Fatalities down, but vehicle crashes cost US $871bn

By: Brad Gardner


The number of fatalities from vehicle crashes in the US has dropped markedly since 2000, but the cost of crashes has hit $871 billion.

Fatalities down, but vehicle crashes cost US $871bn
Vehicle crashes cost the United States $871 billion in 2010.

The cost of vehicle crashes to the United States has hit $871 billion, but the introduction of new technologies has helped drive down fatality rates in recent times.

The National Highway Traffic Safety Administration has tallied the social and economic costs of fatal crashes to the US for the year 2010 – the first time the agency has examined the issue since 2002. 

It found that social costs (68 per cent) accounted for the majority of the $871 billion figure, with the economic cost peaking at $277 billion. 

The report says there were 32,999 people killed in vehicle crashes in 2010, 3.9 million non-fatal injuries and 24 million damaged vehicles.

While high, the number of fatalities has declined by 21 per cent since 2000.

"These declines reflect significant safety improvements in the on-road vehicle fleet. Since 2000 a number of significant technological safety improvements have been phased in to the vehicle fleet," the NHTSA says. 

It lists advanced air bags, better impact protection, tyre pressure monitoring systems, interior padding, antilock braking systems and electronic stability control as measures that have all contributed to a drop in the fatality rate. 

"Seat belt use has also increased over this decade, rising from 73 percent in 2000 to 85 percent in 2010, due in part to enforcement of primary belt use laws and to public education programs that educate drivers to the importance of belt use," the NHTSA says.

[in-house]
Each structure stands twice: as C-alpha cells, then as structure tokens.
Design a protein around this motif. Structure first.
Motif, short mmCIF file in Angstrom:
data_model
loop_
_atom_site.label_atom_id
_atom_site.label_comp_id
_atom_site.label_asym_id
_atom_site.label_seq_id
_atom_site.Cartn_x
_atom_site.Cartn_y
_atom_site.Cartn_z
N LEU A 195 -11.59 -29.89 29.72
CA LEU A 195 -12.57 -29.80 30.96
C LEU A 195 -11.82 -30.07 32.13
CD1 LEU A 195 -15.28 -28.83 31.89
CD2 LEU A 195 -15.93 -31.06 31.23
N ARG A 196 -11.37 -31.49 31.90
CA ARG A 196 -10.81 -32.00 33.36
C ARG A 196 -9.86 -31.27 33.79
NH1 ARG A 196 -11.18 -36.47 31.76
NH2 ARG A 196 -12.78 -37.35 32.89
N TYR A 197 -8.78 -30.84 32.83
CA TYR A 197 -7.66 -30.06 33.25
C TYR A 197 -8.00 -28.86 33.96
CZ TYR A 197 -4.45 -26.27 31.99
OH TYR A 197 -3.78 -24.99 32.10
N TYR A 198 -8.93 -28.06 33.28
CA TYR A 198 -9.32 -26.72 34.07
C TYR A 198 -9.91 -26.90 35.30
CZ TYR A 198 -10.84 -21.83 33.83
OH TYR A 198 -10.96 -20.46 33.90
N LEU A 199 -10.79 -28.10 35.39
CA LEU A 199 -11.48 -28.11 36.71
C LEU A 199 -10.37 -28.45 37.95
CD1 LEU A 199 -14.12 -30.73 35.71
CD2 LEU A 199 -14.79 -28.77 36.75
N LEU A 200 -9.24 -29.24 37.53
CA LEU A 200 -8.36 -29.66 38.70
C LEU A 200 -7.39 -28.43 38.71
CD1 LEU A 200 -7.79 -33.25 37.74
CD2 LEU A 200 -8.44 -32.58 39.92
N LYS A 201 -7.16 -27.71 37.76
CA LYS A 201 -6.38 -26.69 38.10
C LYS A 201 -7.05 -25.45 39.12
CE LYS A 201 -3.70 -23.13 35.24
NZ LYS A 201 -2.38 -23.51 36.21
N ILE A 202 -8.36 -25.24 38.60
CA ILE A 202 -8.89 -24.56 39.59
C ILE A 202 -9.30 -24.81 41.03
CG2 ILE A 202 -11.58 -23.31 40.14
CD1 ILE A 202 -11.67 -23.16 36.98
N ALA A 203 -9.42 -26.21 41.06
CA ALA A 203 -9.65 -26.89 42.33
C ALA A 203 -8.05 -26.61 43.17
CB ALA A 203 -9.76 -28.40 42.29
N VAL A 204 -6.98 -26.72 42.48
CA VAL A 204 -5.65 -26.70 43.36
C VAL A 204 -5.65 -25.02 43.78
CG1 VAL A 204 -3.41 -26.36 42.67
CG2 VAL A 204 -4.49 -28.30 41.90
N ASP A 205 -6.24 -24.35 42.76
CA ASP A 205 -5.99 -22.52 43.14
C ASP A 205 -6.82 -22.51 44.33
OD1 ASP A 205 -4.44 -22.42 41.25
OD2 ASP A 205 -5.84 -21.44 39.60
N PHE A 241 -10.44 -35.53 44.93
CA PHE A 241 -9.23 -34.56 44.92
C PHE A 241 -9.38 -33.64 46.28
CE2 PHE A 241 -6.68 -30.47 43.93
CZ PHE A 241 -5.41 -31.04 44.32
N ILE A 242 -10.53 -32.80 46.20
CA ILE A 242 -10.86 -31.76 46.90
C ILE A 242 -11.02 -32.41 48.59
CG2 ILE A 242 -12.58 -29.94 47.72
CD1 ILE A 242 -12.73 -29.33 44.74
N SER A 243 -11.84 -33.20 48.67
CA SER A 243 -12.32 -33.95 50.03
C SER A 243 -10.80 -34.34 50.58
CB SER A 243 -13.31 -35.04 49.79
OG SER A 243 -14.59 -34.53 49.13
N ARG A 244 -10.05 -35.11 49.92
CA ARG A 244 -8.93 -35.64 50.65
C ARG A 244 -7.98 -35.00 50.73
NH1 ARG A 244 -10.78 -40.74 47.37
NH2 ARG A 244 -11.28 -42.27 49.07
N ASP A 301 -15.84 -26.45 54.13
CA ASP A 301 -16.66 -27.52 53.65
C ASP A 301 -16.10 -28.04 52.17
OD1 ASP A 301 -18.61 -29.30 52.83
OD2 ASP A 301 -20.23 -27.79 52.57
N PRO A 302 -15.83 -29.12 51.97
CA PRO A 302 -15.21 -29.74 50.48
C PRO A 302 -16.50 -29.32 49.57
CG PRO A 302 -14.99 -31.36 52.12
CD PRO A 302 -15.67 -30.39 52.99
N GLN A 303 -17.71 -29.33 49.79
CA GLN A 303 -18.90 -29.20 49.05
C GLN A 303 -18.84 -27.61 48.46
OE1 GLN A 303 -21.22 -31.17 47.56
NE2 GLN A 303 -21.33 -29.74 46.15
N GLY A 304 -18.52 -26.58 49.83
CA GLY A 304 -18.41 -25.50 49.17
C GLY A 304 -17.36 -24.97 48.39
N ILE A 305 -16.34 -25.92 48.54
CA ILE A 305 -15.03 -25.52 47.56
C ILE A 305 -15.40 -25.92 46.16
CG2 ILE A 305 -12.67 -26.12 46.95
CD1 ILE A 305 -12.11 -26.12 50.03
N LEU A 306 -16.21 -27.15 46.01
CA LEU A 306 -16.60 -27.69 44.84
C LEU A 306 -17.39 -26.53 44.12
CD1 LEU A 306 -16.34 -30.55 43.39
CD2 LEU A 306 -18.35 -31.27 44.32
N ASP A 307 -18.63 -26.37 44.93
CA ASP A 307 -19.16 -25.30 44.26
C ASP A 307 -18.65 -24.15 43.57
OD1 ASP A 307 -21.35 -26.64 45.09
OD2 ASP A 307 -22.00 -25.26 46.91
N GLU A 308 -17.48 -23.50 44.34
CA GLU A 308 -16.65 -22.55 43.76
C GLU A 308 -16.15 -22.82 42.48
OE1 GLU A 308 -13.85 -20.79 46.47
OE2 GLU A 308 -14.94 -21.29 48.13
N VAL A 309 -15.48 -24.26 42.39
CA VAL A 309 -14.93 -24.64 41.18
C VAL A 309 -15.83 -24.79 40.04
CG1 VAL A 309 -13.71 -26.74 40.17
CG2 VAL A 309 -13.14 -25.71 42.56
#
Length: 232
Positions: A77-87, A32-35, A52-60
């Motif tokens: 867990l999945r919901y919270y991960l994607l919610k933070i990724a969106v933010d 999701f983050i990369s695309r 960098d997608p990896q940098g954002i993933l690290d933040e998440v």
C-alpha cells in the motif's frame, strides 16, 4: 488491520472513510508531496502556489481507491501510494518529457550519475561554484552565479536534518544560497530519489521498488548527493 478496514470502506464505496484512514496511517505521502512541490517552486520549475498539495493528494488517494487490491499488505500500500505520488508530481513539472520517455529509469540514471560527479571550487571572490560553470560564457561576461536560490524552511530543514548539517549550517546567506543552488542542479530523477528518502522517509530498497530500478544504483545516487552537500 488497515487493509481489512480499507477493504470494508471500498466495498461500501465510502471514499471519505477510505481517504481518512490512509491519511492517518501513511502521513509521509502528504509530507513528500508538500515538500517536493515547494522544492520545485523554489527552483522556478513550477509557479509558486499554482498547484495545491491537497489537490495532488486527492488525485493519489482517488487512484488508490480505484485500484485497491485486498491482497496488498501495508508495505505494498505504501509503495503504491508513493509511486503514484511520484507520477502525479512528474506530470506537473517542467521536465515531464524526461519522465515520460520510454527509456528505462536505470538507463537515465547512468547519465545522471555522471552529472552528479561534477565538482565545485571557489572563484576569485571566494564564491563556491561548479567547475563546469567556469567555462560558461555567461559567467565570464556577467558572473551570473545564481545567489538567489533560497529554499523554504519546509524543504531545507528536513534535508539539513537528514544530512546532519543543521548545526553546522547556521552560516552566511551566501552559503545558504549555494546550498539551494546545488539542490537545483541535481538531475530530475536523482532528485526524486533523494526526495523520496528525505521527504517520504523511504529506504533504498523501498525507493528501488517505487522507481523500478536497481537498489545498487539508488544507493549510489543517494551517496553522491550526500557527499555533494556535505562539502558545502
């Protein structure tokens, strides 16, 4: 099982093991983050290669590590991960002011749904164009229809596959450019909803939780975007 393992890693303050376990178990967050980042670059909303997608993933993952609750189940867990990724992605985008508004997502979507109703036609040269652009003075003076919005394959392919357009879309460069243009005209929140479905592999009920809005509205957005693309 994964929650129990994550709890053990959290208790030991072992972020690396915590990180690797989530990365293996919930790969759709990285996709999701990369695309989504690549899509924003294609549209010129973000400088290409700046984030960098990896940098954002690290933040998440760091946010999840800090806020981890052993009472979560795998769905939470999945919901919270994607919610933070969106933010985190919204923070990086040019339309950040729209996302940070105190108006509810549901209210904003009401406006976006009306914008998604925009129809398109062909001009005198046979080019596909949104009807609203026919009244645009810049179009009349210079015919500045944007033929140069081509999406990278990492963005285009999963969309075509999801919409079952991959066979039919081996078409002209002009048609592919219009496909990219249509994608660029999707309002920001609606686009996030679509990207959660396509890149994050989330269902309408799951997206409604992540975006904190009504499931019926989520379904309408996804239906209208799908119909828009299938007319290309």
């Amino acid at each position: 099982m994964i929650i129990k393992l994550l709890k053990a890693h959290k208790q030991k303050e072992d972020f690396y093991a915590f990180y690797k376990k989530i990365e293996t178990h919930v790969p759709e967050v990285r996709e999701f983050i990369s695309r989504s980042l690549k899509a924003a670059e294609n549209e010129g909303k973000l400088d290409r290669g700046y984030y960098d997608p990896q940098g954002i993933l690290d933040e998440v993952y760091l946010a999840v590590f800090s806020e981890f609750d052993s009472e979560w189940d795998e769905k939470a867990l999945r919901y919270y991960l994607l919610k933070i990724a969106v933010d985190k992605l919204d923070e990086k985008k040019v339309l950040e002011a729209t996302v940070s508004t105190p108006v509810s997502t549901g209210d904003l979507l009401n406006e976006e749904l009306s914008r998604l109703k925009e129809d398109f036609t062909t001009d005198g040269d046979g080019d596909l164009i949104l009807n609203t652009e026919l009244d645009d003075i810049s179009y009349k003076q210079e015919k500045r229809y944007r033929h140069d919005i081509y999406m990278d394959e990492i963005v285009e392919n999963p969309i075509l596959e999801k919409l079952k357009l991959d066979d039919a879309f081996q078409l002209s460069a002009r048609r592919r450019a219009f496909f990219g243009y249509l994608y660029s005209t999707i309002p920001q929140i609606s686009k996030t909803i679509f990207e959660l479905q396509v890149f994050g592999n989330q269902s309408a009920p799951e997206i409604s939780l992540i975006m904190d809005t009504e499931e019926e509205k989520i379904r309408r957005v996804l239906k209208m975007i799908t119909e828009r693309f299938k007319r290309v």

The $277 billion that made up the economic impact included the cost to society of each fatality, medical costs, lost workplace productivity, lost household productivity, property damage and congestion costs. 

The NHTSA says the economic impact was the equivalent of about $897 for every living person in the US and 2 per cent of GDP. 

"Economic costs represent only one aspect of the consequences of motor vehicle crashes. People injured in these crashes often suffer physical pain and emotional anguish that is beyond any economic recompense," the agency says. 

"The family and friends of the victim feel the psychological repercussions of the victim’s injury acutely as well."  

Alcohol, speed, distracted driving and people not wearing seatbelts all contributed to the cost of vehicle crashes. 

Alcohol-related crashes led the way, accounting for 21 per cent of economic costs and 28 per cent of societal harm. 

Crashes where one or more drivers were exceeding the legal speed limit or driving too fast for conditions came in second, with the NHTSA saying the incidents caused 21 per cent of economic costs and 24 per cent of societal harm."

The report says seatbelts prevented $349 billion in comprehensive costs in 2010 and have prevented over $8 trillion in societal harm over the last 36 years.

However, it adds that non-use of seatbelts represents a significant lost opportunity to prevent injuries.

"In 2010 alone, over 3,350 people were killed and 54,300 were seriously injured unnecessarily because they failed to wear their seat belts, costing society $13.8 billion," the report states.

NHTSA Acting Administrator David Friedman says the report underscores the importance of the agency's focus on improving road safety.

"We want Americans to live long and productive lives, but vehicle crashes all too often make that impossible," he says.

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